Breakfast Show’s Nick Grimshaw

Arts and Entertainment

Arts and Entertainment
'Youth' cast members Paul Dano, Jane Fonda, Harvey Keitel, Rachel Weisz, and Michael Caine pose for photographers at Cannes Film Festival
Arts and Entertainment
Adam West as Batman and Burt Ward and Robin in the 1960s Batman TV show

Arts and Entertainment
I am flute: Azeem Ward and his now-famous instrument
Arts and Entertainment
A glass act: Dr Chris van Tulleken (left) and twin Xand get set for their drinking challenge
TV review
Arts and Entertainment
MIA perform at Lovebox 2014 in London Fields, Hackney

Arts and Entertainment
Finnish punk band PKN hope to enter Eurovision 2015 and raise awareness for Down's Syndrome

Arts and Entertainment
William Shakespeare on the cover of John Gerard's The Herball or Generall Historie of Plantes

Arts and Entertainment

Game of Thrones review
Arts and Entertainment
Grayson Perry dedicates his Essex home to Julie

Potter's attempt to create an Essex Taj Mahal was a lovely treat

Arts and Entertainment
A scene from the original Swedish version of the sci-fi TV drama ‘Real Humans’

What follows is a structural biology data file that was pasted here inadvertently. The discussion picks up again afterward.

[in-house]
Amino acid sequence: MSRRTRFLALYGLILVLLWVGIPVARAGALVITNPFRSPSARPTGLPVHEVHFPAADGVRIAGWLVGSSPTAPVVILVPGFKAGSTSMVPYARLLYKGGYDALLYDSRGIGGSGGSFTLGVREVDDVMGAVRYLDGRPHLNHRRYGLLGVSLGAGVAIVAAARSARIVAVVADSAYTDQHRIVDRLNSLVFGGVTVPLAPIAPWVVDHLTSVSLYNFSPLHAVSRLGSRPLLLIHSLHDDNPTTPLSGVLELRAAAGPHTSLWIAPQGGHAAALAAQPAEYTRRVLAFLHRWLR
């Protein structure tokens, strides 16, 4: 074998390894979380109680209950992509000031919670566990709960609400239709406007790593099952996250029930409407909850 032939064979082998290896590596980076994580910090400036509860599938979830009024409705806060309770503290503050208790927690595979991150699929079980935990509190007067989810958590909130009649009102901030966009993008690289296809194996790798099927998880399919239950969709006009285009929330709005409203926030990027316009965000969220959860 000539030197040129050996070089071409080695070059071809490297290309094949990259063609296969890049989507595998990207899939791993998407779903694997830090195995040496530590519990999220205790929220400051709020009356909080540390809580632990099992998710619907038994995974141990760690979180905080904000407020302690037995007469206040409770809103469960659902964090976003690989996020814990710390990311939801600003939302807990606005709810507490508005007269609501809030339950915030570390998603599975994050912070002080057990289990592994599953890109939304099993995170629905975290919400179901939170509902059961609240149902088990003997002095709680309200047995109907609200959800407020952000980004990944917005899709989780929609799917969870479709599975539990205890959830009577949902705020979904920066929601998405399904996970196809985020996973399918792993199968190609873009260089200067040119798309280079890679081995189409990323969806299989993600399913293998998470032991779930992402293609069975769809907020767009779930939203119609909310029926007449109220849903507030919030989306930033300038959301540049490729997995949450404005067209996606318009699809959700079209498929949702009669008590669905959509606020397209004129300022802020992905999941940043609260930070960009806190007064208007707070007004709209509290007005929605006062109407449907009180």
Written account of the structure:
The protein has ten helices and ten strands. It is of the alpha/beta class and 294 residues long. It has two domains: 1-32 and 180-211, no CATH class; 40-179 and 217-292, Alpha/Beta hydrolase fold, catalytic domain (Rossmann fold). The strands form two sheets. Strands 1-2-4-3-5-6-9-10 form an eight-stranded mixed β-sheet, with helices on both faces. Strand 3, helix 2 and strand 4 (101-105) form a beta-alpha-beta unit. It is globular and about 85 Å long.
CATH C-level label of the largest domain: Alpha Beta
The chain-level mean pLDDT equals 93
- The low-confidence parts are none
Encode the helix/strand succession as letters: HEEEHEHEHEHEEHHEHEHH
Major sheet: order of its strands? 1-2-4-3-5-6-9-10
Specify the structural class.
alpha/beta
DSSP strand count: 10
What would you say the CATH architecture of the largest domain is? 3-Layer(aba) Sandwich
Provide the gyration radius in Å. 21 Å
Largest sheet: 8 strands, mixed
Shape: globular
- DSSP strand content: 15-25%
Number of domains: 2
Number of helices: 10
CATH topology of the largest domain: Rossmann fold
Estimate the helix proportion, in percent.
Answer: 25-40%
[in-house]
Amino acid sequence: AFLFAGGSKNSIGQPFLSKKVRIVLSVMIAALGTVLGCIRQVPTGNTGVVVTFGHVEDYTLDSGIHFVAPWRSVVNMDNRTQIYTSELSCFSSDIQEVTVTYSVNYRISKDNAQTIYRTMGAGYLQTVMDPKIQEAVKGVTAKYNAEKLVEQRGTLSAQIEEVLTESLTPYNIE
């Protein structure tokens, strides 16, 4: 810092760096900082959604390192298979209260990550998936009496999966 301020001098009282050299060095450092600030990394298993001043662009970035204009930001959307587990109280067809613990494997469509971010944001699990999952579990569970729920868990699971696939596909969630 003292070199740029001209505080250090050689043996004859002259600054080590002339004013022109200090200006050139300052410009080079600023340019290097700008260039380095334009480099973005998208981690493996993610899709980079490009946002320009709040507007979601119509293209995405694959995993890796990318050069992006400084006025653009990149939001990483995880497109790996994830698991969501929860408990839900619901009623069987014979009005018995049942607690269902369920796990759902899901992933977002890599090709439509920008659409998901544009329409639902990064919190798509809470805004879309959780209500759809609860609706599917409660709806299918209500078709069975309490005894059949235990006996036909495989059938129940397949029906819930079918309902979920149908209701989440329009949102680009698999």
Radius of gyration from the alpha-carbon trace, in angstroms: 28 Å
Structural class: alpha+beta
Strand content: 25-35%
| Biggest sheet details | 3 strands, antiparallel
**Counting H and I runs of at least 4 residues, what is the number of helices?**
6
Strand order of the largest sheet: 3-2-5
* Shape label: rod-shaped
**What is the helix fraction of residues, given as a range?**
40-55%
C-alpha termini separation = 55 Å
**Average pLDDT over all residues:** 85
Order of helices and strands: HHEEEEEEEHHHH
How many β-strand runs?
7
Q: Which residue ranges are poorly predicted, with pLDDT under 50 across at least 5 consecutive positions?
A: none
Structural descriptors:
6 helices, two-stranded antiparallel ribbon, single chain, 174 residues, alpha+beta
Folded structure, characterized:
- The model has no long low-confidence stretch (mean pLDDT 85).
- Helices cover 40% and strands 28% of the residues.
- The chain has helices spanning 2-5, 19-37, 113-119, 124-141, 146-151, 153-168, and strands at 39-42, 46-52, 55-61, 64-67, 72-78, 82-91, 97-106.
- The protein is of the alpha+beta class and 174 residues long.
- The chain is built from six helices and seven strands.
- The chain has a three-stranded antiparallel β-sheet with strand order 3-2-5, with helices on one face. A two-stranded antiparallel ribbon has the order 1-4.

Arts and Entertainment
Hugh Keays-Byrne plays Immortan Joe, the terrifying gang leader, in the new film
filmActor who played Toecutter returns - but as a different villain in reboot
Arts and Entertainment
Charlize Theron as Imperator Furiosa in Mad Max: Fury Road
Latest stories from i100
Have you tried new the Independent Digital Edition apps?

ES Rentals

    Independent Dating

    By clicking 'Search' you
    are agreeing to our
    Terms of Use.

    Fifa corruption: The 161-page dossier that exposes the organisation's dark heart

    The 161-page dossier that exposes Fifa's dark heart

    How did a group of corrupt officials turn football’s governing body into what was, in essence, a criminal enterprise? Chris Green and David Connett reveal all
    Mediterranean migrant crisis: 'If Europe thinks bombing boats will stop smuggling, it will not. We will defend ourselves,' says Tripoli PM

    Exclusive interview with Tripoli PM Khalifa al-Ghweil

    'If Europe thinks bombing boats will stop smuggling, it will not. We will defend ourselves'
    Raymond Chandler's Los Angeles: How the author foretold the Californian water crisis

    Raymond Chandler's Los Angeles

    How the author foretold the Californian water crisis
    Chinese artist who posted funny image of President Xi Jinping facing five years in prison as authorities crackdown on dissent in the arts

    Art attack